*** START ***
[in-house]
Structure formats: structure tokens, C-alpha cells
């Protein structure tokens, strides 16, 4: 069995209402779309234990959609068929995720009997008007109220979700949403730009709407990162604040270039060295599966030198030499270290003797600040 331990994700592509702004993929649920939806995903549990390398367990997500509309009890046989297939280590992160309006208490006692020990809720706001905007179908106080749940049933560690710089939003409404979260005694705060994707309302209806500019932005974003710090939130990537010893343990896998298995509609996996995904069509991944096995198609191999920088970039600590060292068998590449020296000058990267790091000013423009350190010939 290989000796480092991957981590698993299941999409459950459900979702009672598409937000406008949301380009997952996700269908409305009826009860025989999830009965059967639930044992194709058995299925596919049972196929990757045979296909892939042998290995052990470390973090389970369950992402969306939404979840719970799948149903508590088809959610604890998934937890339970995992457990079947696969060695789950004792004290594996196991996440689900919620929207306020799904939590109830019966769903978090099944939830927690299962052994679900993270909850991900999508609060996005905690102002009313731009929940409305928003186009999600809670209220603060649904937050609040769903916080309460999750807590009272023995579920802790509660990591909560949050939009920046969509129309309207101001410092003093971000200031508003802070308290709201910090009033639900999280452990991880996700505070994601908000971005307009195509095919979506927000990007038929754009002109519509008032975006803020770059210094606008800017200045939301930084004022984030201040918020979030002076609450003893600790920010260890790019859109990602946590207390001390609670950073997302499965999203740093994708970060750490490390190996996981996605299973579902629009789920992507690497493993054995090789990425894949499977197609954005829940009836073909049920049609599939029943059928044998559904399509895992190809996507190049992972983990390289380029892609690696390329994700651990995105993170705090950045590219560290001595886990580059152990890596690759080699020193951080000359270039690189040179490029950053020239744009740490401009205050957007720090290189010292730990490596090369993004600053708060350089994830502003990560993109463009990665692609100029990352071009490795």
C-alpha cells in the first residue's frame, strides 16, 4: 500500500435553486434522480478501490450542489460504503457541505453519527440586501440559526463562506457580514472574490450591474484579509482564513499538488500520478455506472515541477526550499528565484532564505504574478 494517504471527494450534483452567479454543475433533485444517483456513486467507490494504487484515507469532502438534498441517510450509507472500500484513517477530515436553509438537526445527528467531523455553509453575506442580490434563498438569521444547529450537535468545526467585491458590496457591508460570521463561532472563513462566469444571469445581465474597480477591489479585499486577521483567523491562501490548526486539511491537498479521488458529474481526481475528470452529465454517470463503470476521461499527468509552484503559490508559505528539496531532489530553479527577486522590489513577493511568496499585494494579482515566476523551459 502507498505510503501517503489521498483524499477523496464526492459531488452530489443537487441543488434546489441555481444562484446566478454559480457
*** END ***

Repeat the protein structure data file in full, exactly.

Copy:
[in-house]
Structure formats: structure tokens, C-alpha cells
């Protein structure tokens, strides 16, 4: 069995209402779309234990959609068929995720009997008007109220979700949403730009709407990162604040270039060295599966030198030499270290003797600040 331990994700592509702004993929649920939806995903549990390398367990997500509309009890046989297939280590992160309006208490006692020990809720706001905007179908106080749940049933560690710089939003409404979260005694705060994707309302209806500019932005974003710090939130990537010893343990896998298995509609996996995904069509991944096995198609191999920088970039600590060292068998590449020296000058990267790091000013423009350190010939 290989000796480092991957981590698993299941999409459950459900979702009672598409937000406008949301380009997952996700269908409305009826009860025989999830009965059967639930044992194709058995299925596919049972196929990757045979296909892939042998290995052990470390973090389970369950992402969306939404979840719970799948149903508590088809959610604890998934937890339970995992457990079947696969060695789950004792004290594996196991996440689900919620929207306020799904939590109830019966769903978090099944939830927690299962052994679900993270909850991900999508609060996005905690102002009313731009929940409305928003186009999600809670209220603060649904937050609040769903916080309460999750807590009272023995579920802790509660990591909560949050939009920046969509129309309207101001410092003093971000200031508003802070308290709201910090009033639900999280452990991880996700505070994601908000971005307009195509095919979506927000990007038929754009002109519509008032975006803020770059210094606008800017200045939301930084004022984030201040918020979030002076609450003893600790920010260890790019859109990602946590207390001390609670950073997302499965999203740093994708970060750490490390190996996981996605299973579902629009789920992507690497493993054995090789990425894949499977197609954005829940009836073909049920049609599939029943059928044998559904399509895992190809996507190049992972983990390289380029892609690696390329994700651990995105993170705090950045590219560290001595886990580059152990890596690759080699020193951080000359270039690189040179490029950053020239744009740490401009205050957007720090290189010292730990490596090369993004600053708060350089994830502003990560993109463009990665692609100029990352071009490795």
C-alpha cells in the first residue's frame, strides 16, 4: 500500500435553486434522480478501490450542489460504503457541505453519527440586501440559526463562506457580514472574490450591474484579509482564513499538488500520478455506472515541477526550499528565484532564505504574478 494517504471527494450534483452567479454543475433533485444517483456513486467507490494504487484515507469532502438534498441517510450509507472500500484513517477530515436553509438537526445527528467531523455553509453575506442580490434563498438569521444547529450537535468545526467585491458590496457591508460570521463561532472563513462566469444571469445581465474597480477591489479585499486577521483567523491562501490548526486539511491537498479521488458529474481526481475528470452529465454517470463503470476521461499527468509552484503559490508559505528539496531532489530553479527577486522590489513577493511568496499585494494579482515566476523551459 502507498505510503501517503489521498483524499477523496464526492459531488452530489443537487441543488434546489441555481444562484446566478454559480457